Then there are collectors that are not afraid to make mistakes, have a lot of fun and learn passionately along the way as they really collect for themselves. You can see this best in the personal taste and development of the collection. “The journey is the reward.” I personally find this method of collecting most exciting.
-Would you like to tell us something about your personal favourite(s)?
There is no clear answer for this question as it changes constantly! There really are a lot of watches that I find interesting, specifically good mechanical watches from classic simple models to modern skeletonized pieces. The highly complex watches are definitely my weakness but the discovery never ends. Overall one would notice I’m more technically obsessed.
However, I would not wear all of them even if I even could. For me, it is a question of the credibility and personality. For example, it would look beautiful but strange if I were to walk around with a Patek Philippe ref. 2499 for personal reasons. A half-truth is a whole lie. To share this passion is a very intimate thing and honesty is the highest form of intimacy.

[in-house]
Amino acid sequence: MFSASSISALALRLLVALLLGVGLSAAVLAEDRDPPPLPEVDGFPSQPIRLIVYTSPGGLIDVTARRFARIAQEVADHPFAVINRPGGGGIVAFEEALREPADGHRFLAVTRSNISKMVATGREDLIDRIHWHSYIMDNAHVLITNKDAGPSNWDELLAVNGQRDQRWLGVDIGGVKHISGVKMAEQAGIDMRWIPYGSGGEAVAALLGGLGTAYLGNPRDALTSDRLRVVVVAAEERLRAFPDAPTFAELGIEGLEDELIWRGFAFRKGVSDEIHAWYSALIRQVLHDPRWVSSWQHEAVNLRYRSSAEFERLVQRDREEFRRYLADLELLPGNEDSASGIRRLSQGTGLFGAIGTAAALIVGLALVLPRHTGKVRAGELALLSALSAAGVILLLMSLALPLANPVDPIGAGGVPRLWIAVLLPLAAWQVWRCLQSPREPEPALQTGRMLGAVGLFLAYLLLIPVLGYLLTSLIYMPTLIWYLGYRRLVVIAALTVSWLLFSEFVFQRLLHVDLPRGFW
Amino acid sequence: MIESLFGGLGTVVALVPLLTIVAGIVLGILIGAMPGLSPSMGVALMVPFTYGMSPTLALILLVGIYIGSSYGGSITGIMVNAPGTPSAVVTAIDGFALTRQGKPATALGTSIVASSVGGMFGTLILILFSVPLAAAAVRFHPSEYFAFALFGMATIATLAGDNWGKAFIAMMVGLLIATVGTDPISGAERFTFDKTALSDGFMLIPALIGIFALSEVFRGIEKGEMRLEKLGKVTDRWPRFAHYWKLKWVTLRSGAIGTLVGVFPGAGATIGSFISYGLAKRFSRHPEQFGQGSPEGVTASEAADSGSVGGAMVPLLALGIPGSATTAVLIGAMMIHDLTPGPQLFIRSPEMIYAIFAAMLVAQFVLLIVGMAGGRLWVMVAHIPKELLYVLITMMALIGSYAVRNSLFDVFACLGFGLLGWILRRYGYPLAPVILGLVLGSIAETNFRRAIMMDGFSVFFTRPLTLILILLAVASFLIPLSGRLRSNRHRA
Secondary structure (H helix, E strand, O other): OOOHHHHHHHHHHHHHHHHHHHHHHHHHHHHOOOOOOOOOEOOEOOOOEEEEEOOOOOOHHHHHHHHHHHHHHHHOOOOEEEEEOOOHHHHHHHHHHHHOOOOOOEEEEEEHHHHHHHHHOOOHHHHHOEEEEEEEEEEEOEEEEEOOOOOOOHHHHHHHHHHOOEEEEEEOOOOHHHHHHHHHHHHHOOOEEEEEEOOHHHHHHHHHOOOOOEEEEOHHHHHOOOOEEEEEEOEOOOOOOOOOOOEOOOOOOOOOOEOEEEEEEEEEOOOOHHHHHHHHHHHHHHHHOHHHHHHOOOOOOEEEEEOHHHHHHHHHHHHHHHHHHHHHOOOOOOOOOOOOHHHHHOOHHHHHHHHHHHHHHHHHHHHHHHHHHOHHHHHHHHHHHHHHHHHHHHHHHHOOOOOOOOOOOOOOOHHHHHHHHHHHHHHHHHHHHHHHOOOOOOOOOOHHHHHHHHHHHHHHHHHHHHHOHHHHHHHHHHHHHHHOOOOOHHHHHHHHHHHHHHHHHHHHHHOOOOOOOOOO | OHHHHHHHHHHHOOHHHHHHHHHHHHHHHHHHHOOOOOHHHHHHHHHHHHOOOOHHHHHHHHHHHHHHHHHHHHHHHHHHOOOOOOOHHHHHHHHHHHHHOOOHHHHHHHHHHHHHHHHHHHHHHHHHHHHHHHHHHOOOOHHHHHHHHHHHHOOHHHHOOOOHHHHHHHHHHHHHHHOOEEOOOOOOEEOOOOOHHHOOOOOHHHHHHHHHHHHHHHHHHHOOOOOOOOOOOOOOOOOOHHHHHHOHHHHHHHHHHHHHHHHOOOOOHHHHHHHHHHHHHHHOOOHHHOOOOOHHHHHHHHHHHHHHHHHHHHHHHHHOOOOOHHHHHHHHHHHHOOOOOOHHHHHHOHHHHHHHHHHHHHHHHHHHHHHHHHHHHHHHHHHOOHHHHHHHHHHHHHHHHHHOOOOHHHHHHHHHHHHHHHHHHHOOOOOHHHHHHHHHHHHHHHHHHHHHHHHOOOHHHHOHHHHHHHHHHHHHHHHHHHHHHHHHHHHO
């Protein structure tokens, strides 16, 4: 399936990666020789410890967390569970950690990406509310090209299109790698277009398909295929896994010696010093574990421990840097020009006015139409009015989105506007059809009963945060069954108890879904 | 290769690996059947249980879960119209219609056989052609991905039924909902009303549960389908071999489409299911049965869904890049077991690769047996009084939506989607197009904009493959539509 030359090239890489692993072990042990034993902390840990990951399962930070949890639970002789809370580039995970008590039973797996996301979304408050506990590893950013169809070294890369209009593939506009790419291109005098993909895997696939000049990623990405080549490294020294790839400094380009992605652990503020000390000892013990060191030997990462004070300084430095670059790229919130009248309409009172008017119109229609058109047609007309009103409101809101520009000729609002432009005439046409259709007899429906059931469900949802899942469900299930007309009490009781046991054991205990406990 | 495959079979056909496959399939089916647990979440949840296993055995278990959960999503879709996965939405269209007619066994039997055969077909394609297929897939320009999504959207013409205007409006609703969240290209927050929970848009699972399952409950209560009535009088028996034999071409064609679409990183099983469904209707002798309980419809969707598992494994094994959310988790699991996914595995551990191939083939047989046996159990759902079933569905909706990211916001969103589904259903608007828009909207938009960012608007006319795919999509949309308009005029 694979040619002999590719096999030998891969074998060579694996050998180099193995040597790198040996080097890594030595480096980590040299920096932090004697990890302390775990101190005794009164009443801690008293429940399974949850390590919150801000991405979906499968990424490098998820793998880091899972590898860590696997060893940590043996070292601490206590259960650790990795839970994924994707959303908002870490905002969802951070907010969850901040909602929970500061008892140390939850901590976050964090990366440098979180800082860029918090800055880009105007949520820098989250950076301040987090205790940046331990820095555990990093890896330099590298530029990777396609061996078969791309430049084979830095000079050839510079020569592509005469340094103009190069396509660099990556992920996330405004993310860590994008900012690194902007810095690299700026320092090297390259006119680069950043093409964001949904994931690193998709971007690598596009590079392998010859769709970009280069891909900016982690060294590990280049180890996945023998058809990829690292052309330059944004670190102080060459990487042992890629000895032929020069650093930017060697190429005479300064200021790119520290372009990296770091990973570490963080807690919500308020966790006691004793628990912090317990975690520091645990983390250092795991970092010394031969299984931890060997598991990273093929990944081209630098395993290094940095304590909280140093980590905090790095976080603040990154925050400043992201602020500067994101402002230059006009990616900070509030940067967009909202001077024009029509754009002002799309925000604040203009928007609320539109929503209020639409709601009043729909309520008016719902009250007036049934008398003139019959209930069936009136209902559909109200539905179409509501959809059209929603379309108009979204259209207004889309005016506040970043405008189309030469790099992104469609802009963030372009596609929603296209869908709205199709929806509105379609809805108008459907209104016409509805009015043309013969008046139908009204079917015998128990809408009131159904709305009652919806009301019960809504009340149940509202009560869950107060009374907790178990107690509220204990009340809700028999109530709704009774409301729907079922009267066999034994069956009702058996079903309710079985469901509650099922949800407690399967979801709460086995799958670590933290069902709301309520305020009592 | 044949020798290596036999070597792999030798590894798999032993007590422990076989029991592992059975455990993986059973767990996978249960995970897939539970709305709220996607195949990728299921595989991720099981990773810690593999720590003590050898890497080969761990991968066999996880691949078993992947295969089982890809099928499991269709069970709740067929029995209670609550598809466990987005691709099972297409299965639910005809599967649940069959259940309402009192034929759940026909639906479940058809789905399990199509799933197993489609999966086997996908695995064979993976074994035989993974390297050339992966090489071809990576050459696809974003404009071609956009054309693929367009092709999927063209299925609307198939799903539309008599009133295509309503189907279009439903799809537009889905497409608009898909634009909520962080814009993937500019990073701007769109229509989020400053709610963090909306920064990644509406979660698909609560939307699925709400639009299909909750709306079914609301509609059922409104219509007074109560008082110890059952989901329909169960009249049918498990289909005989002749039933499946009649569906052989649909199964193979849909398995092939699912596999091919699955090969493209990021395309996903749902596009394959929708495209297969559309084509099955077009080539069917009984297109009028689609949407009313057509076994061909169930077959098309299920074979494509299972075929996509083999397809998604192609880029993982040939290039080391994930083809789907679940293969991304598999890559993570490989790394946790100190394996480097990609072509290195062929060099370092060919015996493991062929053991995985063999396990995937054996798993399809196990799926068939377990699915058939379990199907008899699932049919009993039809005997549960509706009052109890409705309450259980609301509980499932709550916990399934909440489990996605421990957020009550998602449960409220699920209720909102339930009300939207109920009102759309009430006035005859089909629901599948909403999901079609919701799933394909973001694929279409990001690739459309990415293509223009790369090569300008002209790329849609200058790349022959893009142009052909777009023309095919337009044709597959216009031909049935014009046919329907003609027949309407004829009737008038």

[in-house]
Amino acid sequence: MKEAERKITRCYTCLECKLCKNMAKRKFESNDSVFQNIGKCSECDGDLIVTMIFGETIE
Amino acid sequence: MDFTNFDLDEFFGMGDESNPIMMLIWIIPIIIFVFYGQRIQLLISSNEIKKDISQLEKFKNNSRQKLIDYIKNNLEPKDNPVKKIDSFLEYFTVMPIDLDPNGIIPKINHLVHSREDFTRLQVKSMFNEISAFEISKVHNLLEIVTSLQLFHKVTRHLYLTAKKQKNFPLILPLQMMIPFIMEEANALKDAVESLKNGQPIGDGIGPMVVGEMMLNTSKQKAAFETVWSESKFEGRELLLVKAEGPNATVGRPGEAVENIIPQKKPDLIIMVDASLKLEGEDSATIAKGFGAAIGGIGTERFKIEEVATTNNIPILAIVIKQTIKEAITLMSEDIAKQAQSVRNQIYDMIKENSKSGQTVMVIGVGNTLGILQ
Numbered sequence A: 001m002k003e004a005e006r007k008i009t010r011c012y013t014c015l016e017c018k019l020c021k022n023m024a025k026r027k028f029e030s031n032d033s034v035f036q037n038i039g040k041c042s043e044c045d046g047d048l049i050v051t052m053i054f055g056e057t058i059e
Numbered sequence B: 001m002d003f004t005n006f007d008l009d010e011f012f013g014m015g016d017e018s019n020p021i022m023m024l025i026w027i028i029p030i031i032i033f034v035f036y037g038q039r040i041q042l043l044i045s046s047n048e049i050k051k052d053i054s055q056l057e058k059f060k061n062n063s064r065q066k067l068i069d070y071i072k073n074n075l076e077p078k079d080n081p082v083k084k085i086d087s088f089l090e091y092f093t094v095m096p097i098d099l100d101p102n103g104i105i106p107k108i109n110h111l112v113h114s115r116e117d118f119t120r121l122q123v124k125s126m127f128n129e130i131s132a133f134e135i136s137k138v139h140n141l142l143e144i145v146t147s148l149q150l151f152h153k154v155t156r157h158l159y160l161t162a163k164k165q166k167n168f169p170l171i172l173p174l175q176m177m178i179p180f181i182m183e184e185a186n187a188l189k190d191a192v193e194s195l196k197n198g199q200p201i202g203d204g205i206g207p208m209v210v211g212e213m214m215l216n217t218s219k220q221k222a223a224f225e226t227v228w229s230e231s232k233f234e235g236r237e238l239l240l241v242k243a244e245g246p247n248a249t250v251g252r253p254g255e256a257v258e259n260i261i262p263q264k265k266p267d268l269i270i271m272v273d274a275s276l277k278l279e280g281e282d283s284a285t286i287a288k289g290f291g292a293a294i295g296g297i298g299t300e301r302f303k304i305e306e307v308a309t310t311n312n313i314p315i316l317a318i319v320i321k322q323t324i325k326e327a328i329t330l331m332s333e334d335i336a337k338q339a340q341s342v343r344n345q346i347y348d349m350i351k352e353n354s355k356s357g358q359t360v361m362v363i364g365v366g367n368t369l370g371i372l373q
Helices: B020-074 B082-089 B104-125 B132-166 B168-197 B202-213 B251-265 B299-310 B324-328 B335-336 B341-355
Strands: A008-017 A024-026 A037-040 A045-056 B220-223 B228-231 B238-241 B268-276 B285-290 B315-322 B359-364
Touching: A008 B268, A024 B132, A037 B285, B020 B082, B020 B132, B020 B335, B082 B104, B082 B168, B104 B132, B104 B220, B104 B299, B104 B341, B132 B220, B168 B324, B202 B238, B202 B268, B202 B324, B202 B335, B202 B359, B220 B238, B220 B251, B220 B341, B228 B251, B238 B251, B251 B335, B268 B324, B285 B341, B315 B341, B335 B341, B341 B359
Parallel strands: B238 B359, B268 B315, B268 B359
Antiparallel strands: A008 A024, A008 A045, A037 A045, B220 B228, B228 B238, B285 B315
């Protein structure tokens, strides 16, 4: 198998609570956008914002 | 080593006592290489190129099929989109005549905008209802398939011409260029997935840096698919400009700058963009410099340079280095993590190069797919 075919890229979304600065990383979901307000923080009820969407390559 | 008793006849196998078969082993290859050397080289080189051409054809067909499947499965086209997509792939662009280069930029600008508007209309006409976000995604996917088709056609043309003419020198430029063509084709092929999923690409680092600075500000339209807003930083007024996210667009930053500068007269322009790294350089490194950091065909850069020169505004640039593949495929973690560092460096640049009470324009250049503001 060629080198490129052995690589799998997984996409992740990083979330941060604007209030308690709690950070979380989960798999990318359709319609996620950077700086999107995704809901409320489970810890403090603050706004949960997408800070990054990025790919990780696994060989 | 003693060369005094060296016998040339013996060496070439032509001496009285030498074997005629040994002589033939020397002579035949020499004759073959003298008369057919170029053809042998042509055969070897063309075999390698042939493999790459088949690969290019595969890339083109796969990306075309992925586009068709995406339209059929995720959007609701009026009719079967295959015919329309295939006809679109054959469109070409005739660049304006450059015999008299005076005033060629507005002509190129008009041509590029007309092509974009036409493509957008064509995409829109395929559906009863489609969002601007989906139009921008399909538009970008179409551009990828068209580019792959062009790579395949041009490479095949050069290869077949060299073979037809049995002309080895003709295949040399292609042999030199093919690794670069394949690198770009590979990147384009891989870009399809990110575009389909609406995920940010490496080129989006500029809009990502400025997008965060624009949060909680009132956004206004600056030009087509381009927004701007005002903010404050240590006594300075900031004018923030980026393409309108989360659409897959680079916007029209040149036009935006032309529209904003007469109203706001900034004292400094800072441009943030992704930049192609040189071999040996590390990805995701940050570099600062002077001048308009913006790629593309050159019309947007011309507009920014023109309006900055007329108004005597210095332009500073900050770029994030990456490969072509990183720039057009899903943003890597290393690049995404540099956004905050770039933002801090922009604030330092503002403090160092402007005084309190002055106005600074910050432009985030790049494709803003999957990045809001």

Due to the nature of my social media feeds, I try not to reveal too much as anticipation is half the fun but I am a big fan of a very young brand; Akrivia (Instagram: @akrivia). For me, it begins with personality, the people behind the brand, in this case embodied by the creative madness of two young and talented brothers, Rexhep & Xhevdet Rexhepi (Instagram: @Rexhep.Rexhepi & @Xhevdet.Rexhepi). A truly fascinating young brand, I would highly recommend visiting their Instagram page to discover more! For me, their Tourbillon Chiming Jump Hour has become a feast for the eyes and ears and is on my personal list!
I could go on but everything else about this question you can see on my page otherwise we may never finish!
-What’s the greatest icon when it comes to watches in your opinion?